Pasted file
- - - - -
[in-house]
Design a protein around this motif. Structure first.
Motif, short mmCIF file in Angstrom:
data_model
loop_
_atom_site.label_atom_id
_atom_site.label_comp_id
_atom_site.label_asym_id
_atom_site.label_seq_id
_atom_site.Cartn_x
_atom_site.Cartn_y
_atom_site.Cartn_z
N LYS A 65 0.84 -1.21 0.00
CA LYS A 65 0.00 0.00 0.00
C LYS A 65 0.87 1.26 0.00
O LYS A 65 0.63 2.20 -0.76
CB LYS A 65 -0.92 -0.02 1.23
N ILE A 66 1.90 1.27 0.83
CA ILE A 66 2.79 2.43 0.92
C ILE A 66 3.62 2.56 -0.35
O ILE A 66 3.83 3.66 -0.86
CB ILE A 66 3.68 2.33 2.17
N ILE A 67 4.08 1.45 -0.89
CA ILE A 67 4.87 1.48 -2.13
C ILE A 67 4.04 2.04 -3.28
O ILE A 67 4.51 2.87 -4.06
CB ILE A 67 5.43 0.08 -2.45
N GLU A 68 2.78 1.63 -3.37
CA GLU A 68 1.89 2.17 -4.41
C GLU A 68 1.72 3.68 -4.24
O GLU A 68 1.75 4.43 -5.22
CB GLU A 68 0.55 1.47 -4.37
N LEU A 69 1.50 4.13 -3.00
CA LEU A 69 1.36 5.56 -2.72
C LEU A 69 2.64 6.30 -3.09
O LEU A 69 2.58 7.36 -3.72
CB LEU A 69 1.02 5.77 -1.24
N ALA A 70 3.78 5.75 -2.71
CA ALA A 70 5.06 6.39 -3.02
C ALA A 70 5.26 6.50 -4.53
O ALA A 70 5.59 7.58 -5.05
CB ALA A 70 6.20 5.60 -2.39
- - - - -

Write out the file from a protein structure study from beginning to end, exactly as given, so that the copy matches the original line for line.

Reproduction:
[in-house]
Design a protein around this motif. Structure first.
Motif, short mmCIF file in Angstrom:
data_model
loop_
_atom_site.label_atom_id
_atom_site.label_comp_id
_atom_site.label_asym_id
_atom_site.label_seq_id
_atom_site.Cartn_x
_atom_site.Cartn_y
_atom_site.Cartn_z
N LYS A 65 0.84 -1.21 0.00
CA LYS A 65 0.00 0.00 0.00
C LYS A 65 0.87 1.26 0.00
O LYS A 65 0.63 2.20 -0.76
CB LYS A 65 -0.92 -0.02 1.23
N ILE A 66 1.90 1.27 0.83
CA ILE A 66 2.79 2.43 0.92
C ILE A 66 3.62 2.56 -0.35
O ILE A 66 3.83 3.66 -0.86
CB ILE A 66 3.68 2.33 2.17
N ILE A 67 4.08 1.45 -0.89
CA ILE A 67 4.87 1.48 -2.13
C ILE A 67 4.04 2.04 -3.28
O ILE A 67 4.51 2.87 -4.06
CB ILE A 67 5.43 0.08 -2.45
N GLU A 68 2.78 1.63 -3.37
CA GLU A 68 1.89 2.17 -4.41
C GLU A 68 1.72 3.68 -4.24
O GLU A 68 1.75 4.43 -5.22
CB GLU A 68 0.55 1.47 -4.37
N LEU A 69 1.50 4.13 -3.00
CA LEU A 69 1.36 5.56 -2.72
C LEU A 69 2.64 6.30 -3.09
O LEU A 69 2.58 7.36 -3.72
CB LEU A 69 1.02 5.77 -1.24
N ALA A 70 3.78 5.75 -2.71
CA ALA A 70 5.06 6.39 -3.02
C ALA A 70 5.26 6.50 -4.53
O ALA A 70 5.59 7.58 -5.05
CB ALA A 70 6.20 5.60 -2.39